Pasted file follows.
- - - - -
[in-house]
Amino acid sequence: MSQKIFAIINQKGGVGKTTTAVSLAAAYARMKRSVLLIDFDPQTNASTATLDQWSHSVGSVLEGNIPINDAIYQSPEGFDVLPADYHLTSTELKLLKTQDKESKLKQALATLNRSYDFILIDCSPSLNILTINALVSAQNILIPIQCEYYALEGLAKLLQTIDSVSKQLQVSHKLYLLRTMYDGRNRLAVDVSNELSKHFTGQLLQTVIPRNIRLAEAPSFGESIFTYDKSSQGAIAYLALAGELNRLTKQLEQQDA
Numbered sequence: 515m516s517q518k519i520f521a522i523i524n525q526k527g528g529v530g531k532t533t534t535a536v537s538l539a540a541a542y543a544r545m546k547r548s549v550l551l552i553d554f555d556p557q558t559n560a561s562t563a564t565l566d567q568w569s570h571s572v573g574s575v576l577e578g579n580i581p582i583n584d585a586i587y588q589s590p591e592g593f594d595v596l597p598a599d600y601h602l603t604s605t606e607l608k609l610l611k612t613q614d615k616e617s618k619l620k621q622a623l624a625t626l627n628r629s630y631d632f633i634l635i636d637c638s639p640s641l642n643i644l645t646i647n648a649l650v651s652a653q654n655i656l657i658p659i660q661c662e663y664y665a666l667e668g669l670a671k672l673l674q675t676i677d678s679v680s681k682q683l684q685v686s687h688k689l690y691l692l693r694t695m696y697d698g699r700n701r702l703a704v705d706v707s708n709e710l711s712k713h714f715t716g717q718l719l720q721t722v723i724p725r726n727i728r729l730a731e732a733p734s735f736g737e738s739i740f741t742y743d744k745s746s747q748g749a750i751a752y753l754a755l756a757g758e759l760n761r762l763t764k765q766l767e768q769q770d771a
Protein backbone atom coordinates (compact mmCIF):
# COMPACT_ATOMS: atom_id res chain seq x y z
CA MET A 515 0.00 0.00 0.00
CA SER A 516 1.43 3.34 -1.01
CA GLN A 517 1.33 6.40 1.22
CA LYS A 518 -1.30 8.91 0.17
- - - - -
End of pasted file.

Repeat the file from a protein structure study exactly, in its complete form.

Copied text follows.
[in-house]
Amino acid sequence: MSQKIFAIINQKGGVGKTTTAVSLAAAYARMKRSVLLIDFDPQTNASTATLDQWSHSVGSVLEGNIPINDAIYQSPEGFDVLPADYHLTSTELKLLKTQDKESKLKQALATLNRSYDFILIDCSPSLNILTINALVSAQNILIPIQCEYYALEGLAKLLQTIDSVSKQLQVSHKLYLLRTMYDGRNRLAVDVSNELSKHFTGQLLQTVIPRNIRLAEAPSFGESIFTYDKSSQGAIAYLALAGELNRLTKQLEQQDA
Numbered sequence: 515m516s517q518k519i520f521a522i523i524n525q526k527g528g529v530g531k532t533t534t535a536v537s538l539a540a541a542y543a544r545m546k547r548s549v550l551l552i553d554f555d556p557q558t559n560a561s562t563a564t565l566d567q568w569s570h571s572v573g574s575v576l577e578g579n580i581p582i583n584d585a586i587y588q589s590p591e592g593f594d595v596l597p598a599d600y601h602l603t604s605t606e607l608k609l610l611k612t613q614d615k616e617s618k619l620k621q622a623l624a625t626l627n628r629s630y631d632f633i634l635i636d637c638s639p640s641l642n643i644l645t646i647n648a649l650v651s652a653q654n655i656l657i658p659i660q661c662e663y664y665a666l667e668g669l670a671k672l673l674q675t676i677d678s679v680s681k682q683l684q685v686s687h688k689l690y691l692l693r694t695m696y697d698g699r700n701r702l703a704v705d706v707s708n709e710l711s712k713h714f715t716g717q718l719l720q721t722v723i724p725r726n727i728r729l730a731e732a733p734s735f736g737e738s739i740f741t742y743d744k745s746s747q748g749a750i751a752y753l754a755l756a757g758e759l760n761r762l763t764k765q766l767e768q769q770d771a
Protein backbone atom coordinates (compact mmCIF):
# COMPACT_ATOMS: atom_id res chain seq x y z
CA MET A 515 0.00 0.00 0.00
CA SER A 516 1.43 3.34 -1.01
CA GLN A 517 1.33 6.40 1.22
CA LYS A 518 -1.30 8.91 0.17